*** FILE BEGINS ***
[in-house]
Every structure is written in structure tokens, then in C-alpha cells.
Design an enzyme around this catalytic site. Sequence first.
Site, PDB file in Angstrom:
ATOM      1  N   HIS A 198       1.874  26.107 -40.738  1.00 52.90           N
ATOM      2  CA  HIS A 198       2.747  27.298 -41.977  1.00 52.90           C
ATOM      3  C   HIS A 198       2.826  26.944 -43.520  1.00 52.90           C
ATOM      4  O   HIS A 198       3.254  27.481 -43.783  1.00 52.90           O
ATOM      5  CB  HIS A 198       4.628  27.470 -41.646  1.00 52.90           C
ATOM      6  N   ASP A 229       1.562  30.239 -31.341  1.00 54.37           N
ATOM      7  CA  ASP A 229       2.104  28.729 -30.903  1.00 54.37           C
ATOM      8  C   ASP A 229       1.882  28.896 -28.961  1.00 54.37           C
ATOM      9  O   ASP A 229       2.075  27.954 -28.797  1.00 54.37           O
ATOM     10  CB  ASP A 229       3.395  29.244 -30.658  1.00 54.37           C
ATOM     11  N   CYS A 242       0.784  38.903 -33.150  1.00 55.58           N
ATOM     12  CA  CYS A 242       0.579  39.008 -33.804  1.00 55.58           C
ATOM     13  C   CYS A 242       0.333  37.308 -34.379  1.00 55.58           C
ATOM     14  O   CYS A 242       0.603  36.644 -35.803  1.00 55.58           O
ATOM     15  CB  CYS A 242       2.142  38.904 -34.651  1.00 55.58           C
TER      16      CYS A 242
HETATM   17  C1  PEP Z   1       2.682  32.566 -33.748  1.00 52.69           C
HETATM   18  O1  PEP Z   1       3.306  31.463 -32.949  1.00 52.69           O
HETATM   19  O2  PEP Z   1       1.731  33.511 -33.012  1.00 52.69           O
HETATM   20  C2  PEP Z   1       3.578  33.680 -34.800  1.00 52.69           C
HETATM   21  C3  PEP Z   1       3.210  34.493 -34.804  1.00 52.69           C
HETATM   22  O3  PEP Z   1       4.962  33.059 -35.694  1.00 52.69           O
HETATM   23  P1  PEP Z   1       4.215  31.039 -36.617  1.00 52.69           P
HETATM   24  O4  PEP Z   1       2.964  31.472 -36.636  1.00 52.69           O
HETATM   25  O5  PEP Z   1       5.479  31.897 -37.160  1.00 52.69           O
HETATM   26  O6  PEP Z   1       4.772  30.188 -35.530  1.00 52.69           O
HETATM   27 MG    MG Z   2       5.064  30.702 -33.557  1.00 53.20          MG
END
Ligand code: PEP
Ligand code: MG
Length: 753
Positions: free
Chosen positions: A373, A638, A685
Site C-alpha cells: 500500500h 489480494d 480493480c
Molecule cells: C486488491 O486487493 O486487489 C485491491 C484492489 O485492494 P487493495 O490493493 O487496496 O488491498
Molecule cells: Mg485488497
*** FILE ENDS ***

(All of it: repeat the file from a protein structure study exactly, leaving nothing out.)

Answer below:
[in-house]
Every structure is written in structure tokens, then in C-alpha cells.
Design an enzyme around this catalytic site. Sequence first.
Site, PDB file in Angstrom:
ATOM      1  N   HIS A 198       1.874  26.107 -40.738  1.00 52.90           N
ATOM      2  CA  HIS A 198       2.747  27.298 -41.977  1.00 52.90           C
ATOM      3  C   HIS A 198       2.826  26.944 -43.520  1.00 52.90           C
ATOM      4  O   HIS A 198       3.254  27.481 -43.783  1.00 52.90           O
ATOM      5  CB  HIS A 198       4.628  27.470 -41.646  1.00 52.90           C
ATOM      6  N   ASP A 229       1.562  30.239 -31.341  1.00 54.37           N
ATOM      7  CA  ASP A 229       2.104  28.729 -30.903  1.00 54.37           C
ATOM      8  C   ASP A 229       1.882  28.896 -28.961  1.00 54.37           C
ATOM      9  O   ASP A 229       2.075  27.954 -28.797  1.00 54.37           O
ATOM     10  CB  ASP A 229       3.395  29.244 -30.658  1.00 54.37           C
ATOM     11  N   CYS A 242       0.784  38.903 -33.150  1.00 55.58           N
ATOM     12  CA  CYS A 242       0.579  39.008 -33.804  1.00 55.58           C
ATOM     13  C   CYS A 242       0.333  37.308 -34.379  1.00 55.58           C
ATOM     14  O   CYS A 242       0.603  36.644 -35.803  1.00 55.58           O
ATOM     15  CB  CYS A 242       2.142  38.904 -34.651  1.00 55.58           C
TER      16      CYS A 242
HETATM   17  C1  PEP Z   1       2.682  32.566 -33.748  1.00 52.69           C
HETATM   18  O1  PEP Z   1       3.306  31.463 -32.949  1.00 52.69           O
HETATM   19  O2  PEP Z   1       1.731  33.511 -33.012  1.00 52.69           O
HETATM   20  C2  PEP Z   1       3.578  33.680 -34.800  1.00 52.69           C
HETATM   21  C3  PEP Z   1       3.210  34.493 -34.804  1.00 52.69           C
HETATM   22  O3  PEP Z   1       4.962  33.059 -35.694  1.00 52.69           O
HETATM   23  P1  PEP Z   1       4.215  31.039 -36.617  1.00 52.69           P
HETATM   24  O4  PEP Z   1       2.964  31.472 -36.636  1.00 52.69           O
HETATM   25  O5  PEP Z   1       5.479  31.897 -37.160  1.00 52.69           O
HETATM   26  O6  PEP Z   1       4.772  30.188 -35.530  1.00 52.69           O
HETATM   27 MG    MG Z   2       5.064  30.702 -33.557  1.00 53.20          MG
END
Ligand code: PEP
Ligand code: MG
Length: 753
Positions: free
Chosen positions: A373, A638, A685
Site C-alpha cells: 500500500h 489480494d 480493480c
Molecule cells: C486488491 O486487493 O486487489 C485491491 C484492489 O485492494 P487493495 O490493493 O487496496 O488491498
Molecule cells: Mg485488497